Looking at the discrete equation for DFT and its inverse(algorithm wise FFT and IFFT), it is evident that the results are the same, especially if you consider the magnitude. After the base band symbol mapping, the result looks to be in the frequency domain already. Why go through a conversion to time domain through IFFT and again mapping this onto a frequency up conversion.

# Use of FFT and IFFT in OFDM

Started by ●October 15, 2006

Reply by ●October 15, 20062006-10-15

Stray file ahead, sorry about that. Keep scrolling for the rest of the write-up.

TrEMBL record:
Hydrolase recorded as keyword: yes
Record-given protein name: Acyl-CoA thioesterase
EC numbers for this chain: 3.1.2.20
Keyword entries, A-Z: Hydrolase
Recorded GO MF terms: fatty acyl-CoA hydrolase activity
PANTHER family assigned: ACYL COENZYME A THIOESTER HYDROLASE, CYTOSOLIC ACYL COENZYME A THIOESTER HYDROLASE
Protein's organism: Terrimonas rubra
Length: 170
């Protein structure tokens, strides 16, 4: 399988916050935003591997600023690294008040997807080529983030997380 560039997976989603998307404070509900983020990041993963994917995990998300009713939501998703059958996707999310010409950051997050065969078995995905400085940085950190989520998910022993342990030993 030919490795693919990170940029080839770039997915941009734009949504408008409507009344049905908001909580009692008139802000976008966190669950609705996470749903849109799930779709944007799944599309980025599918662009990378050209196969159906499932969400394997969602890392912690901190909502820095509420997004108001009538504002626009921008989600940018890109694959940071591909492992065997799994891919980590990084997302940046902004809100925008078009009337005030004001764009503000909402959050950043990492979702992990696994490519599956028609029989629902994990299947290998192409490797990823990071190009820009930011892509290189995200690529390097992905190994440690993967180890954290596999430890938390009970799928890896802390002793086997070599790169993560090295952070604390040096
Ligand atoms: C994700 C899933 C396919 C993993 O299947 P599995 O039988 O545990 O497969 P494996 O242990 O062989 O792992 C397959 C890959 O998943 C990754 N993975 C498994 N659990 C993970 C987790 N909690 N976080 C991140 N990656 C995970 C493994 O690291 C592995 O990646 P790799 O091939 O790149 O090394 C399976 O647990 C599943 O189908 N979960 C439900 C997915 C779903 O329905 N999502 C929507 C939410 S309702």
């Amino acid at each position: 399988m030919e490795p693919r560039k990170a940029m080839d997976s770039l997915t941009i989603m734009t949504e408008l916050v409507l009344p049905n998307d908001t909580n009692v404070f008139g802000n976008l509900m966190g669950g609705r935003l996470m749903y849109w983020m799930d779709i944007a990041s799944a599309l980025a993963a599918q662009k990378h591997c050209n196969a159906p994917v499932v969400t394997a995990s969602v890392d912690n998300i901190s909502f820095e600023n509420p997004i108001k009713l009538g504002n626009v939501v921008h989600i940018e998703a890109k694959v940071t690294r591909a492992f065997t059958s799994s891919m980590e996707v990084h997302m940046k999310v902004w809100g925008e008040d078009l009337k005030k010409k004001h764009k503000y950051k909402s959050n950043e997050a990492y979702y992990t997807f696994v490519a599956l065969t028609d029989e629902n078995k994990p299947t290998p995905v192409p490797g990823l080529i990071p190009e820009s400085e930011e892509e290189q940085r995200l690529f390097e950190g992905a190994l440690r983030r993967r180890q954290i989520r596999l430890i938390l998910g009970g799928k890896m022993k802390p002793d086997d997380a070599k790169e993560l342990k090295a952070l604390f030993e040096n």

Amby said the following on 15/10/2006 14:21:> Looking at the discrete equation for DFT and its inverse(algorithm wise FFT > and IFFT), it is evident that the results are the same, especially if you > consider the magnitude.Which results are the same? If you mean that processing some stuff with an IDFT followed by a DFT results in the original values, then yes.> After the base band symbol mapping, the result looks to be in the > frequency domain already. Why go through a conversion to time domain > through IFFT and again mapping this onto a frequency up conversion.What do you mean by a "frequency up conversion"? In OFDM, your data is treated as a frequency-domain representation of the signal. To get a signal that you can transmit, you need to be in the time domain, so you have to use an IDFT (IFFT). (The alternative is to use each data point to modulate a separate carrier, as in FDM, but this is inefficient.) At the receiver, to get back to the frequency domain, yuo have to use a DFT (FFT). -- Oli